The Sanctuary of Poseidon on Kalaureia is located on the island of Poros in the Saronic Gulf, c. 6 km from Poros town. The site lies on a plateau between the hills of Aghios Elias and Vigla and holds a commanding position c. 200 m above sea level. To the north there is a visual connection with the Methana peninsula as well as the islands of Angistri and Aigina, while in the far distance it is possible to see Pireus and the coastline of Attica on clear days. To the south, the visitor can catch glimpses of the sea against the background of the steep Peloponnesian coast.
The city of Soufli in northern Greece once lay along the Silk Road. It was an important European centre for silk production in the 19th century and still maintain this industry, from larvae to finished fabric, albeit on a smaller scale. In this unique environment, the Swedish Institute at Athens brings together students from Konstfack, the Stockholm University of Arts, Craft and Design, and students from the corresponding Athens institution Athens School of Fine Arts.
The site of Asine is located c. 8 km south-west of today’s city of Nauplio. The ancient remains here are spread out over the top and slopes of the 330 m long and 50 m tall acropolis cliff jutting out into the Argolis bay, as well as on the Barbouna hill just to the west. On both sides of the acropolis there are beaches, the western one providing an excellent harbour. Across from the acropolis the island of Romvi functions as a breakwater, protecting the landing.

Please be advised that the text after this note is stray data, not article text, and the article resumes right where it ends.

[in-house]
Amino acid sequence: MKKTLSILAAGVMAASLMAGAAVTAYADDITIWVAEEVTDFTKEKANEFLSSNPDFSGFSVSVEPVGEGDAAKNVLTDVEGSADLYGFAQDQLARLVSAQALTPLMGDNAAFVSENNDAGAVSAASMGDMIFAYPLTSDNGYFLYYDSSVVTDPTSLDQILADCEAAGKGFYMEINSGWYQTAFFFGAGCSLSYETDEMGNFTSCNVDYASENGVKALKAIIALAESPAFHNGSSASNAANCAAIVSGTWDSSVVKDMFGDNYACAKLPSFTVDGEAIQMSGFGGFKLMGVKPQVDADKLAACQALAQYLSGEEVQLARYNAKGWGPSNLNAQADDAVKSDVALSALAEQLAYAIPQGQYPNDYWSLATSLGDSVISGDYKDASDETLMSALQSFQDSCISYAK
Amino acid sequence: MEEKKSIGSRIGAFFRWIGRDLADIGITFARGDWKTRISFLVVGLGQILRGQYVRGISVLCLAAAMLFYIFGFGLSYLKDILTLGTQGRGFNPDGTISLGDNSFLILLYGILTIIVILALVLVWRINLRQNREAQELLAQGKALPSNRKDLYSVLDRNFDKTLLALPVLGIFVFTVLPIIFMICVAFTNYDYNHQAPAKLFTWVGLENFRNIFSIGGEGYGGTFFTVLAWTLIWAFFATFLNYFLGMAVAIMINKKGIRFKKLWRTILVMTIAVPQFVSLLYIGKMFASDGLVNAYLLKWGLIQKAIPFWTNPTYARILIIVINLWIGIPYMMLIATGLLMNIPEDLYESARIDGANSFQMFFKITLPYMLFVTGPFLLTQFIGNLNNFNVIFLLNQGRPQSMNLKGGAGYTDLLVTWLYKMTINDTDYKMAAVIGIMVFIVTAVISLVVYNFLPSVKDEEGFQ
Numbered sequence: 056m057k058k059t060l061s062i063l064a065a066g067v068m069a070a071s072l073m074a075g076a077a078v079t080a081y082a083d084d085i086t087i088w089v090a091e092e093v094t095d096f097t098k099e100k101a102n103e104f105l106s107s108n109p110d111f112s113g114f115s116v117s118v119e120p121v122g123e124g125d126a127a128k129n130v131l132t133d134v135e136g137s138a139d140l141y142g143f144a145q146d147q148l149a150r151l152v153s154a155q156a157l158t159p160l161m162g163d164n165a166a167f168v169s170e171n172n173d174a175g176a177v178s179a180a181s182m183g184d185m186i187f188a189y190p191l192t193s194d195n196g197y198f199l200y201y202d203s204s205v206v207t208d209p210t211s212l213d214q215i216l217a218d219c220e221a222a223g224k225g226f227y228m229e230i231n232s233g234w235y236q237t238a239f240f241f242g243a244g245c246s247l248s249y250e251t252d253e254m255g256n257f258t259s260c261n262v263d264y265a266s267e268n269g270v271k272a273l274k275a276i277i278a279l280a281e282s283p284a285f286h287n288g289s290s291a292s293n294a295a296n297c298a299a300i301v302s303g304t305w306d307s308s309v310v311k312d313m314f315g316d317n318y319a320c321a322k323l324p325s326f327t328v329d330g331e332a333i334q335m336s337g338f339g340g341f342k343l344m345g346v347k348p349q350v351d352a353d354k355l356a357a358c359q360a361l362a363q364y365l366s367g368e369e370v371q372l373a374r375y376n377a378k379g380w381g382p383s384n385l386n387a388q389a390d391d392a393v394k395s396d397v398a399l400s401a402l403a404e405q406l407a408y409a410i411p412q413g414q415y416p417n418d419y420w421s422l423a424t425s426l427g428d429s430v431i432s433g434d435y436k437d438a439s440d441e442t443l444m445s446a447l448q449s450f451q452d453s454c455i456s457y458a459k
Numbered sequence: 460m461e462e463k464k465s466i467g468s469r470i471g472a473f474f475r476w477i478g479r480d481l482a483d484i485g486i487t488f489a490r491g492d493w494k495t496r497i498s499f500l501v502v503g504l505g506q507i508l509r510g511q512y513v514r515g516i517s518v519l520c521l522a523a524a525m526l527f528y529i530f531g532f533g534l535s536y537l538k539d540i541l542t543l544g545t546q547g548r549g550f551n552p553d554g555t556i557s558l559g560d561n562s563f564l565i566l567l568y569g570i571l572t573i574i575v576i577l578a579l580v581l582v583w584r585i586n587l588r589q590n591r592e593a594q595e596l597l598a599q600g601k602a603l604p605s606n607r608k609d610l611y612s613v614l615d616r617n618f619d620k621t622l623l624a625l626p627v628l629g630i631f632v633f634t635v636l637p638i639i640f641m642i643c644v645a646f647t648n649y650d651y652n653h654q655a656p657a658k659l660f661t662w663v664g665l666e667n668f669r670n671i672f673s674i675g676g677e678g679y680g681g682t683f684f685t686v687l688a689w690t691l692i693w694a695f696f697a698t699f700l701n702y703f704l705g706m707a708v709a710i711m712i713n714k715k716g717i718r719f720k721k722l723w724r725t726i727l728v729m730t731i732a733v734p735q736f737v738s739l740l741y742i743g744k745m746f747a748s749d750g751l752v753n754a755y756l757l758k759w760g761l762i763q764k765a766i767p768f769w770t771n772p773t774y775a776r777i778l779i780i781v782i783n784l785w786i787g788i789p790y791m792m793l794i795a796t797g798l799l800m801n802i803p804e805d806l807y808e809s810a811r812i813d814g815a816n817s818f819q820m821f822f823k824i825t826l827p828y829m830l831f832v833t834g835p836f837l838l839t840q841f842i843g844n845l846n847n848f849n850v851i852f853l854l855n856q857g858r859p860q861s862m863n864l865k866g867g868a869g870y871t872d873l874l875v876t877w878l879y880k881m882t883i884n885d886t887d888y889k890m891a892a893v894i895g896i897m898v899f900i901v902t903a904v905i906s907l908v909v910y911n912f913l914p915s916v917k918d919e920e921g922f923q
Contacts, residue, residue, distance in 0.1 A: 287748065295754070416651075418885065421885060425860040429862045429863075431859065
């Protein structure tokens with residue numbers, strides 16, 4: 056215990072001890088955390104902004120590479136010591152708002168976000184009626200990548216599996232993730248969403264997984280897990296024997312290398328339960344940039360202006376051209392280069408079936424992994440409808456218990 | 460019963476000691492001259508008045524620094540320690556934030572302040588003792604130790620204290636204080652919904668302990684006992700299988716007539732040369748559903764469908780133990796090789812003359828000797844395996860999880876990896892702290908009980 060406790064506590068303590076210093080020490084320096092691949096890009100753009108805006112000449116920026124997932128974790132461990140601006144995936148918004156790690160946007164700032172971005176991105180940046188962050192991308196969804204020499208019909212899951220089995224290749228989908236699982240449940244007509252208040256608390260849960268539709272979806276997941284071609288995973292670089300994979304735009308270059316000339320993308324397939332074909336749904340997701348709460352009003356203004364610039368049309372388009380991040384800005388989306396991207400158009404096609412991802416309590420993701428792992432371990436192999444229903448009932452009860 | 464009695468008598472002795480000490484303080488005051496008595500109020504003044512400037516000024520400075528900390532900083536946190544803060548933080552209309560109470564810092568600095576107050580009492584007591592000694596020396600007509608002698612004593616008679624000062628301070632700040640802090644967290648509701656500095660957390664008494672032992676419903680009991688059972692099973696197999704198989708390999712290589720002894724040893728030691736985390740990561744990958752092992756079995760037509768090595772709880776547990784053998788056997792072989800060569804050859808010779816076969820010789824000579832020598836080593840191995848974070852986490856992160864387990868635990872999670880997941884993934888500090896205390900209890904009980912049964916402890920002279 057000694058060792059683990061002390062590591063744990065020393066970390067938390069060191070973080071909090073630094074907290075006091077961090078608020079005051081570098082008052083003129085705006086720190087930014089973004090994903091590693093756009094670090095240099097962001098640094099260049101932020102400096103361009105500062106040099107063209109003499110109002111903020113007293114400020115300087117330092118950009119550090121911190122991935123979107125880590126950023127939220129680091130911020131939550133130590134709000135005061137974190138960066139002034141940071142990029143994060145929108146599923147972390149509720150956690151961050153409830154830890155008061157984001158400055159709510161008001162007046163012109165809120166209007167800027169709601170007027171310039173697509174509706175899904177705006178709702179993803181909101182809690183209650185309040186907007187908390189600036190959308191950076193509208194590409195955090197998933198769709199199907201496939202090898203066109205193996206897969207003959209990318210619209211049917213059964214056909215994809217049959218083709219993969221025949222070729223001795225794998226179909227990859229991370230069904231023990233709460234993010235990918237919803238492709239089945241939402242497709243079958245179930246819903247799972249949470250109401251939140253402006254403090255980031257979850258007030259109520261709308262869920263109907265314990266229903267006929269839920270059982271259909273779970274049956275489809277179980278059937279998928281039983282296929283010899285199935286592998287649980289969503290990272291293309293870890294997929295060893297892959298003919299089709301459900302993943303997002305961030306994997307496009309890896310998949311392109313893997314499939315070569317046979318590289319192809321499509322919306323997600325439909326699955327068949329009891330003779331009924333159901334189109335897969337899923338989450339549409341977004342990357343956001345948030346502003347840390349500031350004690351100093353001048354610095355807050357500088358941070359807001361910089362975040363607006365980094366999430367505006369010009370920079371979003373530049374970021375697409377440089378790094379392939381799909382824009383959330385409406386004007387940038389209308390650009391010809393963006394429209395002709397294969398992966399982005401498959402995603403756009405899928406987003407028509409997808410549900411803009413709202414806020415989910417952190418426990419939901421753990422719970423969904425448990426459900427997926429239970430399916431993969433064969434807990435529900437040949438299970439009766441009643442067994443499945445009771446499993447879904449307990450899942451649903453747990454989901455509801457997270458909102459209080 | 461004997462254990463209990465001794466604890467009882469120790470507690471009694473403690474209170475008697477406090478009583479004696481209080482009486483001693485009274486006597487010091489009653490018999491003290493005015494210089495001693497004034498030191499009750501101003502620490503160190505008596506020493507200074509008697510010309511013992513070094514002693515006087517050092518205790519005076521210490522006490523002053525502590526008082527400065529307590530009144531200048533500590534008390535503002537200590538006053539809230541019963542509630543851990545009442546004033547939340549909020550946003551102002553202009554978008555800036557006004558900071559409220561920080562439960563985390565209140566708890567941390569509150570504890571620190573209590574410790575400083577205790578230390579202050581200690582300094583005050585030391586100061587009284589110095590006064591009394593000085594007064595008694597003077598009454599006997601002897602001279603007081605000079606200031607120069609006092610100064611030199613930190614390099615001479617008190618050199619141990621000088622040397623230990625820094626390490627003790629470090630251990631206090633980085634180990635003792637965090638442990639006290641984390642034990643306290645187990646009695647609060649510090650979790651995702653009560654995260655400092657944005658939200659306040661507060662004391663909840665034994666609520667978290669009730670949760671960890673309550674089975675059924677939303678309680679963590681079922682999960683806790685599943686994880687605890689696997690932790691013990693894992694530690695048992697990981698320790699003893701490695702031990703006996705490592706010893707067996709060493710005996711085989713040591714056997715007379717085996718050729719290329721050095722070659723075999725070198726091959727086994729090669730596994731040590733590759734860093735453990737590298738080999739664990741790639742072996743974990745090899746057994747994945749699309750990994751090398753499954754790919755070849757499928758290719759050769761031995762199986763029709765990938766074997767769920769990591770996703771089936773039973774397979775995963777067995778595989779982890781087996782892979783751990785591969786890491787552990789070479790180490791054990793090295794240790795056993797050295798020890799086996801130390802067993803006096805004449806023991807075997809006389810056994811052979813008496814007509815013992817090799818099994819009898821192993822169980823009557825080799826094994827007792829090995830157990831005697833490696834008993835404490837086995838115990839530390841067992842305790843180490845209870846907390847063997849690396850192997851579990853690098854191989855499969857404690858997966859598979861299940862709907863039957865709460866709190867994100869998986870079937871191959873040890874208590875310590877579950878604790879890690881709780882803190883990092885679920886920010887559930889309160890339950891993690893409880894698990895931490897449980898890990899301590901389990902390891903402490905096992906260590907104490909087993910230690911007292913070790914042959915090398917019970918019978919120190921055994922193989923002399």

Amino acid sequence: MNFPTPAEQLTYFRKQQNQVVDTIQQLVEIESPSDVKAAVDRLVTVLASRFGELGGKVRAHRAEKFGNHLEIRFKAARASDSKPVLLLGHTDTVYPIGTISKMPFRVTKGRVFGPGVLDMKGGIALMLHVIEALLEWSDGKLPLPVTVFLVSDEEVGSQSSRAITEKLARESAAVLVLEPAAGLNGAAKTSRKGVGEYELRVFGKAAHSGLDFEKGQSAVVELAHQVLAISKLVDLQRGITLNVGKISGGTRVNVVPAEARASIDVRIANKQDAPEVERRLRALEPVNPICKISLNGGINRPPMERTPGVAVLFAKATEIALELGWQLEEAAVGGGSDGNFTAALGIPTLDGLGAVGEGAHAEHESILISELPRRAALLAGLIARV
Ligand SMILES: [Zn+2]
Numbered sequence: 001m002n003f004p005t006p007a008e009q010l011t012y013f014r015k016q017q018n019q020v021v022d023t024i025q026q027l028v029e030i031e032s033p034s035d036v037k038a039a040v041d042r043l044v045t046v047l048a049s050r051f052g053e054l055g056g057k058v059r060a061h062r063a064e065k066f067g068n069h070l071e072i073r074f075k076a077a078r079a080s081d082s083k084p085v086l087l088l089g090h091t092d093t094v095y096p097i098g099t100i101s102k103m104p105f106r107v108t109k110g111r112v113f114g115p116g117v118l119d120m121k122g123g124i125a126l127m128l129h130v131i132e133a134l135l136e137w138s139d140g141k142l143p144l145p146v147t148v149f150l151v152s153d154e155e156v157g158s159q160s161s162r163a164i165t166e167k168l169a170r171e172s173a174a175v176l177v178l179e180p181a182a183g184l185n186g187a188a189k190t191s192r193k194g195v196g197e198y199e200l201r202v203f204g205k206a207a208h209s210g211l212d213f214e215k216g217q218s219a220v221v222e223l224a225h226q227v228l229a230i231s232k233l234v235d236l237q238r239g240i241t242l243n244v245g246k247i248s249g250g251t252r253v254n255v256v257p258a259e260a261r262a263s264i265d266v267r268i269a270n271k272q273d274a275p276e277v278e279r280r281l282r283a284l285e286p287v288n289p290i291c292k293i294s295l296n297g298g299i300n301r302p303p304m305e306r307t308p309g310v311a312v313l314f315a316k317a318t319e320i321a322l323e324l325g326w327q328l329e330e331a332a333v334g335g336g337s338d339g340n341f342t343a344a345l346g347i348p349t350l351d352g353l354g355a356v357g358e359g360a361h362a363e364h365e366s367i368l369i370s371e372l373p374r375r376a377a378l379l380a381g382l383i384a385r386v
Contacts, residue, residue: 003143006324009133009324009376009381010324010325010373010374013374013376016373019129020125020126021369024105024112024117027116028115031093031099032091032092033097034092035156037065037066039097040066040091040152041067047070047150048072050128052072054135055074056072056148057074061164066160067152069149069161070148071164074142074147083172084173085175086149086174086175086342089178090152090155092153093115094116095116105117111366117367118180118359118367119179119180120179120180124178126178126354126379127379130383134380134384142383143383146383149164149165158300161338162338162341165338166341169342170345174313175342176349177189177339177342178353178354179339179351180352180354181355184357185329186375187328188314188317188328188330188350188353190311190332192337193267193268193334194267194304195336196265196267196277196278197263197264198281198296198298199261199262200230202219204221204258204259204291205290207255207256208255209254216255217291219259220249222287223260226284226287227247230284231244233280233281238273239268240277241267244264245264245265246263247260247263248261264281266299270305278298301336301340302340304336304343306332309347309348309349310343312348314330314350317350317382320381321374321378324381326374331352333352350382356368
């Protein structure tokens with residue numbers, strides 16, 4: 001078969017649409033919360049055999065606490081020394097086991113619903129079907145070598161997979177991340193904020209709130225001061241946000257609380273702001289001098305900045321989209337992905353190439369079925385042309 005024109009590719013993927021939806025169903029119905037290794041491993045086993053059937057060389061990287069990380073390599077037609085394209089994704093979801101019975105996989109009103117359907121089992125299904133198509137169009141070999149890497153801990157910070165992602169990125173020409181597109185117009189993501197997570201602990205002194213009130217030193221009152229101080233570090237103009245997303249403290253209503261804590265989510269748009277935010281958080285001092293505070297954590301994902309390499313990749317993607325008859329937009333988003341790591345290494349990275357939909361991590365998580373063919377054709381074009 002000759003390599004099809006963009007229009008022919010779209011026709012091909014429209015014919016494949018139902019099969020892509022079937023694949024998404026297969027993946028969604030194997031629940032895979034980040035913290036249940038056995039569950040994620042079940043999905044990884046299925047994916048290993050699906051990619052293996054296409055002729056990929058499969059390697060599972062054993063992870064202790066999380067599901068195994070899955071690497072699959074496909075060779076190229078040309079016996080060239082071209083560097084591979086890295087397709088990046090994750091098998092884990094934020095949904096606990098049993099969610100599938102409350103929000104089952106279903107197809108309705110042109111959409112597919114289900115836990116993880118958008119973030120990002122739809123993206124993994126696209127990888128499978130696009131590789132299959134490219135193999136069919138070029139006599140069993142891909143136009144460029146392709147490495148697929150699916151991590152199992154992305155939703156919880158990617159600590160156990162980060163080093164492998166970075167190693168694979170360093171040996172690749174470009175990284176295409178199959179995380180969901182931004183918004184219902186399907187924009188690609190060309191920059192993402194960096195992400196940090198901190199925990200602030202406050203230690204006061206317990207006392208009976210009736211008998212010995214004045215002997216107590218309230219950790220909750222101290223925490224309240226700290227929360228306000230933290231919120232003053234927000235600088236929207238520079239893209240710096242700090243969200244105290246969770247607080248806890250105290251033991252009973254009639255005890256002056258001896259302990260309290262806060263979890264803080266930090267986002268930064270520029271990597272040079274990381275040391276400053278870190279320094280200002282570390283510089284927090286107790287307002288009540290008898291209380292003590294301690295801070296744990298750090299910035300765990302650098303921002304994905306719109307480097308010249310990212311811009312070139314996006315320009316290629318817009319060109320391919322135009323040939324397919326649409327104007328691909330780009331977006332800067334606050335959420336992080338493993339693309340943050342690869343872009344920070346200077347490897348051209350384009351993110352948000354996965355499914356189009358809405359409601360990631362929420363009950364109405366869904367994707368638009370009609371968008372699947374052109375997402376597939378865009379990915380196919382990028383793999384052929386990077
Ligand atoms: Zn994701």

The acropolis of Midea and its important Late Bronze Age citadel is located on a 270 m tall conical hill in the Argolid, 1.5 km from the contemporary cemetery at Dendra and about midway between Tiryns and Mycenae. From the top of the hill, looking south and west the site offers a magnificent view of the Argive plain and gulf. To the north and east the tall inland mountains dominate the landscape. This view, making it possible to monitor the plain and its approaches, possibly contributed to the importance of the site during the Bronze Age.
The village of Dendra is located about six km east of the town of Argos in the Argolid. The earliest remains here are of habitation during the Early Neolithic and Early Helladic periods in the form of building foundations and scattered pottery fragments. However, the site is more important archaeologically due to its Bronze Age cemetery, consisting of a tholos, three tumuli and 16 chamber tombs. Overall, it is one of the richest Mycenean cemeteries known. Presumably it was connected to the settlement at ancient Midea, located c. 1.5 km to the south east, although most Mycenean burial places are found closer to their settlements than this.